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Stitching Scanned Articles into a PDF

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Forum topic by Hoakie posted 1326 days ago 770 views 5 times favorited 10 replies Add to Favorites Watch
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Hoakie

306 posts in 2667 days


1326 days ago

I recently obtained a lot of old WW mags from a friend that he was getting rid of. Since I didn’t want to keep them myself, I scanned only the articles of interest. I kept them in separate directories by the title of the article but didn’t rename them from image1.jpg, image2.jpg, etc. The problem I ran into is that each time i want to look at the article I have to open all the pages as separate images. This was especially cumbersome since i didn’t give each one a unique name.

Being a software developer, I decided to write a little utility that will go through a directory and pull its contents into a PDF file so all of the pictures are contained in one file.

If you are interested in trying it out feel free. You can get a copy of the application here.

To use:
  1. Unzip the files to a directory of your choice and run the executable.
  2. Select a source directory where your images reside.
  3. Select an output directory where to put the PDFs.
  4. Press the Create button.

This application needs Microsoft’s .NET Framework 4.0 to run, so if you run into problems, you may need to install it as well. It can be found here

A few other notes:

  • The PDF file will contain all the images in the directory or sub directory
  • The application should ignore all files in the directories that it does not recognize as an image file
  • The PDF file will be named the directory name and any spaces get converted to underscores.

Please let me know if you find this useful or have any questions.

Thanks for looking

-- John H. [To invent, you need a good imagination and a pile of junk. ~Edison]


10 replies so far

View Peter Oxley's profile

Peter Oxley

1426 posts in 2506 days


#1 posted 1326 days ago

This looks really useful – I’m going to give it a try. Thanks for sharing!

-- http://www.peteroxley.com -- http://north40studios.etsy.com --

View Hoakie's profile

Hoakie

306 posts in 2667 days


#2 posted 1326 days ago

Your welcome

Let me know how it works for you. I also like to use it to package pictures of the kids up for the parents so they only need to have one file

-- John H. [To invent, you need a good imagination and a pile of junk. ~Edison]

View lew's profile

lew

10002 posts in 2387 days


#3 posted 1326 days ago

Thanks, John!

This works great!

Lew

-- Lew- Time traveler. Purveyor of the Universe's finest custom rolling pins.

View KayBee's profile

KayBee

1002 posts in 1878 days


#4 posted 1326 days ago

Looks great, but I use a mac : (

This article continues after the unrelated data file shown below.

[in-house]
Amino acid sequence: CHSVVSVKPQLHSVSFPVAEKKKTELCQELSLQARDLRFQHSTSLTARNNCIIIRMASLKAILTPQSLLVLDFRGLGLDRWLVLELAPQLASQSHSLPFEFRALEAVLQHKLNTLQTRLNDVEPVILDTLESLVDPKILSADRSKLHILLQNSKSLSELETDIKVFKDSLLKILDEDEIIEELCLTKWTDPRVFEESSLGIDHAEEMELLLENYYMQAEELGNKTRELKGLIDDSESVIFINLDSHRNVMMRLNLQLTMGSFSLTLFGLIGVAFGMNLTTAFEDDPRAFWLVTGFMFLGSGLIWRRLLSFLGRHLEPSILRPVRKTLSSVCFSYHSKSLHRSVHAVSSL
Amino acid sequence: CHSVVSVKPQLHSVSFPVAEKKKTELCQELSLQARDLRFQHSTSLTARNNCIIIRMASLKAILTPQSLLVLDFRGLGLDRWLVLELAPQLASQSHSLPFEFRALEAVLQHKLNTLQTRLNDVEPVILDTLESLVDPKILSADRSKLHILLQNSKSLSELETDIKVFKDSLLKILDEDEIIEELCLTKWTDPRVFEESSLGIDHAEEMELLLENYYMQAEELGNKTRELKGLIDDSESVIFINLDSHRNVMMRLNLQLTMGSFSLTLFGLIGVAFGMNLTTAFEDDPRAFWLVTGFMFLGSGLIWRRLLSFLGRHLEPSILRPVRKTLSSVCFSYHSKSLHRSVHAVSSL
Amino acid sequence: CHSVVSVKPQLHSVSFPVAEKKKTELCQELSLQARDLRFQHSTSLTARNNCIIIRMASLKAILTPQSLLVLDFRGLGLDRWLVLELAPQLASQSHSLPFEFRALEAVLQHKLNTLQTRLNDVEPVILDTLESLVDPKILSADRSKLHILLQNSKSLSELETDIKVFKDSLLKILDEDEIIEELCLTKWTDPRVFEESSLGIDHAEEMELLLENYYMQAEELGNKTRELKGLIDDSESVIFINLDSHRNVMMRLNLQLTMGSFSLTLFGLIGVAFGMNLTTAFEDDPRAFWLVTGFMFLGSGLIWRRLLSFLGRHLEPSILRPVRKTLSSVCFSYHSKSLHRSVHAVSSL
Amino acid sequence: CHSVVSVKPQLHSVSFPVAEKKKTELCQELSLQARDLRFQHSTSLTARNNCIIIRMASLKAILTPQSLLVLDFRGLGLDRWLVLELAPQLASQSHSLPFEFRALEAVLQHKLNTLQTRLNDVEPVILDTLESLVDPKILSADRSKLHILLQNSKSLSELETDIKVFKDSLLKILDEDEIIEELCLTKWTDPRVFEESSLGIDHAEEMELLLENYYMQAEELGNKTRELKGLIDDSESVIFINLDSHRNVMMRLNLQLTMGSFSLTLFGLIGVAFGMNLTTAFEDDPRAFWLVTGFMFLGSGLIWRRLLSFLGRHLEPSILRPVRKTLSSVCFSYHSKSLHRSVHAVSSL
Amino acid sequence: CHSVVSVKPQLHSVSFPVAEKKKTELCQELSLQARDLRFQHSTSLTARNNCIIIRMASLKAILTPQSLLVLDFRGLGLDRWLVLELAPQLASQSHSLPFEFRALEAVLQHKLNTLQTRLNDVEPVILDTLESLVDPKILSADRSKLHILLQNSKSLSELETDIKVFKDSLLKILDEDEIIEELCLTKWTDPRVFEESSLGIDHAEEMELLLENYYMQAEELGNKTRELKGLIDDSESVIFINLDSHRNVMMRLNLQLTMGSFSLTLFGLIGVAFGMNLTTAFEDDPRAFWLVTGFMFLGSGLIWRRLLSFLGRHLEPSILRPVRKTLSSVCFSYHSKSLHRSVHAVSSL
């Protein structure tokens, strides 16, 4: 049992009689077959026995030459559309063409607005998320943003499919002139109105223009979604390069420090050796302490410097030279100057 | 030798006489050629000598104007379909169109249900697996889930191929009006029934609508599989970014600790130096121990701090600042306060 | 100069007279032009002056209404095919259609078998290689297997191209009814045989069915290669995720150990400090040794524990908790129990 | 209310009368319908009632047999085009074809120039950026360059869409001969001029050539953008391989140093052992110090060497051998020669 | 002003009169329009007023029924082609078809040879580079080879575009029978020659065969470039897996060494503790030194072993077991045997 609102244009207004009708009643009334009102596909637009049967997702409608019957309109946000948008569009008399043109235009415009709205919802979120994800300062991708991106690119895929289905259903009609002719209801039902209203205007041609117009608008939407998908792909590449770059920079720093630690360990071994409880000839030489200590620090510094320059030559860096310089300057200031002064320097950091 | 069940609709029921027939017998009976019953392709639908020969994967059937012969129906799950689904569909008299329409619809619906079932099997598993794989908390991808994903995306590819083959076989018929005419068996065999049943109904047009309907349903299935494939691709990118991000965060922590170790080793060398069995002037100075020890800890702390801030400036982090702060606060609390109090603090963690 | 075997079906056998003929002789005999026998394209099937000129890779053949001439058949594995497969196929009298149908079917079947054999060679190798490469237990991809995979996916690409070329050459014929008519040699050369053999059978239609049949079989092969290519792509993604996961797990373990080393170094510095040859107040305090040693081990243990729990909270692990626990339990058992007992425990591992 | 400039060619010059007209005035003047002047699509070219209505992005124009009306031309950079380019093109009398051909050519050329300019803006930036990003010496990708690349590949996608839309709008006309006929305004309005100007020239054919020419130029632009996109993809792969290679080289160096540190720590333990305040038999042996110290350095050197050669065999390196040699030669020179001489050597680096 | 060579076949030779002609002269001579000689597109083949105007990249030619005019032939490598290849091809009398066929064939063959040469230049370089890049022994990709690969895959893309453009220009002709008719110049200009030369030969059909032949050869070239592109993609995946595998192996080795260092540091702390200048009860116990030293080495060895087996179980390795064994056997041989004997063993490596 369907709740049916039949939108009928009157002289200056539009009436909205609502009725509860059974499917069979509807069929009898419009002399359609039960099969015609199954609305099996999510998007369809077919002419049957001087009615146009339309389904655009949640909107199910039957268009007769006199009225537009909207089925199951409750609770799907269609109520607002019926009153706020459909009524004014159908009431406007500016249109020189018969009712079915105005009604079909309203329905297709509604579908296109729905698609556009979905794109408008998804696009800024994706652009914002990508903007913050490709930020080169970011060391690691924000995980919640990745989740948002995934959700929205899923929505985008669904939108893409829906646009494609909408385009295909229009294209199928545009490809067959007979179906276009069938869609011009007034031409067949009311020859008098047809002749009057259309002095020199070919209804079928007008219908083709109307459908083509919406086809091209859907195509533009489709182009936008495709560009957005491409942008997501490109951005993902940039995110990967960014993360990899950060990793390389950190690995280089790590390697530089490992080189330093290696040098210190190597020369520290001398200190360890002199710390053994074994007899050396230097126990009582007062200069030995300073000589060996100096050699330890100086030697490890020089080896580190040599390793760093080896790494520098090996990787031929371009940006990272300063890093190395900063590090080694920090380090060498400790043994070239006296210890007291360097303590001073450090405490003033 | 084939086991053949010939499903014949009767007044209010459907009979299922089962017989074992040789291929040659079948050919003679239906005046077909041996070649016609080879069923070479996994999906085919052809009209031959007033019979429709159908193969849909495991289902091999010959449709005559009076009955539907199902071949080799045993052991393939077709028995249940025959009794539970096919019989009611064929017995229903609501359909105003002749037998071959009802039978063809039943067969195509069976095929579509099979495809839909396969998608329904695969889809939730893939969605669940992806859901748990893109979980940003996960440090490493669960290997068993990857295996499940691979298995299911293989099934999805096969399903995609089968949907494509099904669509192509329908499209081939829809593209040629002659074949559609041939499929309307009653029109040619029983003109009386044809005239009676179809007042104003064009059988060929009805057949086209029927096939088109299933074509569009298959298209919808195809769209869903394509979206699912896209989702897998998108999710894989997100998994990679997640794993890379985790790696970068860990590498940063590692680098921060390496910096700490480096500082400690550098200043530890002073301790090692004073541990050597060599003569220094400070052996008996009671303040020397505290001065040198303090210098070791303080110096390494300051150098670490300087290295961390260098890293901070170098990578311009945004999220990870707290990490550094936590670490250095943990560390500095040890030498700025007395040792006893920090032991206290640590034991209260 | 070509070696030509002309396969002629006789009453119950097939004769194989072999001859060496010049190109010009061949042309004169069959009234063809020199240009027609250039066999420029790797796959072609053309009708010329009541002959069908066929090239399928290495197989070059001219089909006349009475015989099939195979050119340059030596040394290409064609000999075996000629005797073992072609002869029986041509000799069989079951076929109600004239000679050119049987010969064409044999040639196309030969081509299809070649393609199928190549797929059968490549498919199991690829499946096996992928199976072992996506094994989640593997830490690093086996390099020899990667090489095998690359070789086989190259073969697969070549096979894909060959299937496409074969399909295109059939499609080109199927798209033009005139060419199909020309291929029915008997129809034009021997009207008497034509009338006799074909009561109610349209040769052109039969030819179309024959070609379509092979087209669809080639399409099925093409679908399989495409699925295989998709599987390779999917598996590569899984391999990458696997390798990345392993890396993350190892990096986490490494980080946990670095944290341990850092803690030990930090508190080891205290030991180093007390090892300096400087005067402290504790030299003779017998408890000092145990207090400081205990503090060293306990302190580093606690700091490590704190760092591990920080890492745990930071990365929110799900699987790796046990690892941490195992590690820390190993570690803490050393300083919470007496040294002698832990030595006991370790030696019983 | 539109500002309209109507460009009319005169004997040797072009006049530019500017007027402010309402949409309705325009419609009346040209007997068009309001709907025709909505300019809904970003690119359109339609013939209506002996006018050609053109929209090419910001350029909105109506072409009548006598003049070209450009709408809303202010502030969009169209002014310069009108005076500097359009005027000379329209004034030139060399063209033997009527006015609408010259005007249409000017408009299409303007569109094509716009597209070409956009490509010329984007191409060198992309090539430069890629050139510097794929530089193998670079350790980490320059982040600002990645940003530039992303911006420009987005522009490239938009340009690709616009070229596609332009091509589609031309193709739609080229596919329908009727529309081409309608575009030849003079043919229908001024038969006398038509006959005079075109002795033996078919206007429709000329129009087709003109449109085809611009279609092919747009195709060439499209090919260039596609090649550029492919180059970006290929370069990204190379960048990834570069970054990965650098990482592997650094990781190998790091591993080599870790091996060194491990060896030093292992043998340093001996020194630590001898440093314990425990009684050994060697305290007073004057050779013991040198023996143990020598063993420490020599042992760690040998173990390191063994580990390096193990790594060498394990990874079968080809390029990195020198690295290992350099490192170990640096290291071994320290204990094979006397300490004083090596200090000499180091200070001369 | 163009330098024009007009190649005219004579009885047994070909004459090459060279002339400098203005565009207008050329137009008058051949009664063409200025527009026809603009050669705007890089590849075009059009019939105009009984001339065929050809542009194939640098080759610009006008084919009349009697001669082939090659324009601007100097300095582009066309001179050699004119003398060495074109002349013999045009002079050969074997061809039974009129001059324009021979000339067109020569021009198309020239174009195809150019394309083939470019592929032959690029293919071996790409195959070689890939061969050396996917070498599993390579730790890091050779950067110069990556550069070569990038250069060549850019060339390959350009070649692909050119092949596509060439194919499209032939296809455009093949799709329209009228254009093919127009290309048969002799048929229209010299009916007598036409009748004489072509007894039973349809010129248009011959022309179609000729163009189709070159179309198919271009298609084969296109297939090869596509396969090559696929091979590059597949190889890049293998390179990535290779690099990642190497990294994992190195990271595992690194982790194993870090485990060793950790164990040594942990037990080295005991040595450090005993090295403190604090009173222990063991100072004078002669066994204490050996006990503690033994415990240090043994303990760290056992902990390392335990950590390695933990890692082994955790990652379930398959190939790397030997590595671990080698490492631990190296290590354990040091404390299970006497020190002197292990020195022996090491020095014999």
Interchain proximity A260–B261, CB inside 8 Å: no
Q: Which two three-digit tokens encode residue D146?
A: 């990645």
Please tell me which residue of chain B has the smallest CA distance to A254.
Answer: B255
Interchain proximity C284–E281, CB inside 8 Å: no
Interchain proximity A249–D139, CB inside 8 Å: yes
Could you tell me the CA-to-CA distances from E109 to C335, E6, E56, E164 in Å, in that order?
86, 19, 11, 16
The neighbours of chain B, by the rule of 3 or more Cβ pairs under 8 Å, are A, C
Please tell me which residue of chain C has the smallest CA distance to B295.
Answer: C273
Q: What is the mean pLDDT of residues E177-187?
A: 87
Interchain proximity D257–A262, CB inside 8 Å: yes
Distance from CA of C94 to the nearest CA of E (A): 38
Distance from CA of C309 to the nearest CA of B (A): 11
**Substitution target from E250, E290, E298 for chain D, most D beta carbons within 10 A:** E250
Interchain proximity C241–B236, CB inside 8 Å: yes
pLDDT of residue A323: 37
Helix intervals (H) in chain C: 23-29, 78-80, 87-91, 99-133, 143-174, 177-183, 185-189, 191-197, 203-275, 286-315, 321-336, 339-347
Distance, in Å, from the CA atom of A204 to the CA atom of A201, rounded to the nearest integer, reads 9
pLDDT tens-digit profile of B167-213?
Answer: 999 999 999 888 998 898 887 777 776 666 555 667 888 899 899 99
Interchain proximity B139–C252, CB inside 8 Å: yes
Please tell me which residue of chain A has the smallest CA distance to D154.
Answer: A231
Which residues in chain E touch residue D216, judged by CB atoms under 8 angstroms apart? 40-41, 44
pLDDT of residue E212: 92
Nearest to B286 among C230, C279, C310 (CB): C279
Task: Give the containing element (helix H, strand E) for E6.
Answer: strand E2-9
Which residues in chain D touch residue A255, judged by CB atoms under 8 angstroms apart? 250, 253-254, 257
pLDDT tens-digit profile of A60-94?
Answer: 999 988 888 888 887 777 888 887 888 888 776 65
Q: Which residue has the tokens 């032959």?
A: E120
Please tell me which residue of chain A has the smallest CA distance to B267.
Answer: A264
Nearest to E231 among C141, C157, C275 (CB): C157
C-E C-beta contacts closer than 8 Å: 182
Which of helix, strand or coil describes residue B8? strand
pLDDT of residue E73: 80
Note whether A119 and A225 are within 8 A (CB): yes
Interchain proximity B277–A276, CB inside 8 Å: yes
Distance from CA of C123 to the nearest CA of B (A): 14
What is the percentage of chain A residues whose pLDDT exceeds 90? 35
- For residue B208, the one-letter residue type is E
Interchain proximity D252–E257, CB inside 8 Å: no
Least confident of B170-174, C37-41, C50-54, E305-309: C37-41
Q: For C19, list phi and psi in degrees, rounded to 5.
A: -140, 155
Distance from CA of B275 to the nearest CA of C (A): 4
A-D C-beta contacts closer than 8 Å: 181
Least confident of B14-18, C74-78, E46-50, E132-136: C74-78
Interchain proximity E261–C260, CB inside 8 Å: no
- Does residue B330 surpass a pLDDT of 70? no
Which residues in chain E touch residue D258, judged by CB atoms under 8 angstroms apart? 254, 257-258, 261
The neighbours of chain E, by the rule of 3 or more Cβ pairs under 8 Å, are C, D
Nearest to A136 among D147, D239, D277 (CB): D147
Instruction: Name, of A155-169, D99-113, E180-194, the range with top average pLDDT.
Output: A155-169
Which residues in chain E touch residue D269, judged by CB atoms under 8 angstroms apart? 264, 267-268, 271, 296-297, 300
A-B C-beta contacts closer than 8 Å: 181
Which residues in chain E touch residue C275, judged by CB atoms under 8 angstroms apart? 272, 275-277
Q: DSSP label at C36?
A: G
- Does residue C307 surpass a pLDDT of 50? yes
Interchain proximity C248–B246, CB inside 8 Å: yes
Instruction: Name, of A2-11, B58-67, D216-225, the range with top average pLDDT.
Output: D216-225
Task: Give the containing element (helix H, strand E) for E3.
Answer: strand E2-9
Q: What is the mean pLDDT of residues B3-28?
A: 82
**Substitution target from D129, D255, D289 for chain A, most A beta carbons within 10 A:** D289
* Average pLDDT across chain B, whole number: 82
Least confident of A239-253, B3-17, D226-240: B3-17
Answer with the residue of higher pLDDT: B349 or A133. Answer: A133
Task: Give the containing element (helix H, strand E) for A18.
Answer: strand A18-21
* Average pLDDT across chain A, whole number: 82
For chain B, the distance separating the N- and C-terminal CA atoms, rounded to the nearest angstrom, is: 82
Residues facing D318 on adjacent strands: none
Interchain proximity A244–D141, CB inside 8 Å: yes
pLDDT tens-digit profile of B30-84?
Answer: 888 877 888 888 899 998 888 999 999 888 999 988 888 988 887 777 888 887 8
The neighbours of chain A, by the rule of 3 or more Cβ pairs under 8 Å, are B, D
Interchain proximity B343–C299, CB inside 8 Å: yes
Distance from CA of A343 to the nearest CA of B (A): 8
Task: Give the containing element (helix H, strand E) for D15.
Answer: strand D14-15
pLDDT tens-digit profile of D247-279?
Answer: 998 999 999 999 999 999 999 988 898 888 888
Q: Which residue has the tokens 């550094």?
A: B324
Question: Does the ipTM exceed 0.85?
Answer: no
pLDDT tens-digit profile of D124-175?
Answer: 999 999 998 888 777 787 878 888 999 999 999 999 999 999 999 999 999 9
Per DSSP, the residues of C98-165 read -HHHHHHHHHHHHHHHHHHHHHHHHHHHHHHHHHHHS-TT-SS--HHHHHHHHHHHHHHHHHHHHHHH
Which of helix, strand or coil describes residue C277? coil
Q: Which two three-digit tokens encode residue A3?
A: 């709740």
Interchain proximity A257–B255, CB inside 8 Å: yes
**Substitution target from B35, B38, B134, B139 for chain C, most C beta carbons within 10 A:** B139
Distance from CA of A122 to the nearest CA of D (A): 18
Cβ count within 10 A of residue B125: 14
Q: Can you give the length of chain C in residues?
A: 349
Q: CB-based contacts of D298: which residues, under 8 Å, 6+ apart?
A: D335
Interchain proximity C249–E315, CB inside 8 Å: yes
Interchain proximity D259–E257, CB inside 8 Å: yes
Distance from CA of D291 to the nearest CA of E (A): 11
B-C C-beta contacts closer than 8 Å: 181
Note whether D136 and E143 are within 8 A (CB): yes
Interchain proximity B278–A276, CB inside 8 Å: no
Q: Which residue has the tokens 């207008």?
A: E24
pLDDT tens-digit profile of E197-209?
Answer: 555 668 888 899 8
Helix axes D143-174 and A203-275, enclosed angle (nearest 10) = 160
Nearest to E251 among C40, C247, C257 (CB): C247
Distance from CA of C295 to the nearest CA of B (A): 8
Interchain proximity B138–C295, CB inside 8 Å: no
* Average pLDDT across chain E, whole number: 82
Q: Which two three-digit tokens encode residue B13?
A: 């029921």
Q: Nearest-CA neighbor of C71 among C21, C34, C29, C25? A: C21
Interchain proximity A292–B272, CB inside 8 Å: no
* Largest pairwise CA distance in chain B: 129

-- Karen - a little bit of stupid goes a long way

View Hoakie's profile

Hoakie

306 posts in 2667 days


#5 posted 1325 days ago

Yeah thats a problem…I guess you could install and Run windows using BootCamp

-- John H. [To invent, you need a good imagination and a pile of junk. ~Edison]

View FredG's profile

FredG

140 posts in 2329 days


#6 posted 1325 days ago

On Linux (Ubuntu) a program called imagemagick is already installed.
It’s a command line tool. Just enter <name>.jpg <name>.pdf
For Mac users this might be interesting.

http://www.imagemagick.org/script/binary-releases.php

Everybody happy !!

-- Fred

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Hoakie

306 posts in 2667 days


#7 posted 1325 days ago

Fred,

That looks like a cool utility and I can probably us it in the future. Thanks for sharing

However, what my program does is to condense all the images in a directory structure into one PDF file. For instance if I scan a four page article (4 image files) into a directory, it will create one PDF file with 4 pages. It also lets you recursively walk through a set of directories and sub directories and create multiple PDF documents (one per directory). This is useful if you spend have a bunch of articles already scanned. With Image Magick, it looks like it only does a 1:1 file conversion so it is a bit different. I didn’t look too closely but maybe you can stitch multiple image files together with it.

-- John H. [To invent, you need a good imagination and a pile of junk. ~Edison]

View FredG's profile

FredG

140 posts in 2329 days


#8 posted 1325 days ago

Hi John,
In Ubuntu I just type: convert <name1>.jpg <name>.pdf <name2>.jpg <name>.pdf
So the same name for the pdf.

-- Fred

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Hoakie

306 posts in 2667 days


#9 posted 1325 days ago

So does that appends each image to the PDF then? That’s pretty slick.

However it would still require a lot of typing for what I created my app for. I needed to convert 64 directories which had and average of about 4-6 images/directory. It only takes about 40 seconds to process the images and the 64 PDFs.

I assume you could couple this with a scripting language to recurse through a directory structure to accomplish something similar to what I created. I’ll have to poke around some more…but I tend to live in the .NET world ;)

-- John H. [To invent, you need a good imagination and a pile of junk. ~Edison]

View FredG's profile

FredG

140 posts in 2329 days


#10 posted 1325 days ago

Never had so many images. There are other options in the program.
One is montage. But I don’t know if you can paste and copy into the command line.
I’ll check that tomorrow (Well this afternoon, it’s 6:30 AM, haven’t seen my bed yet.

-- Fred

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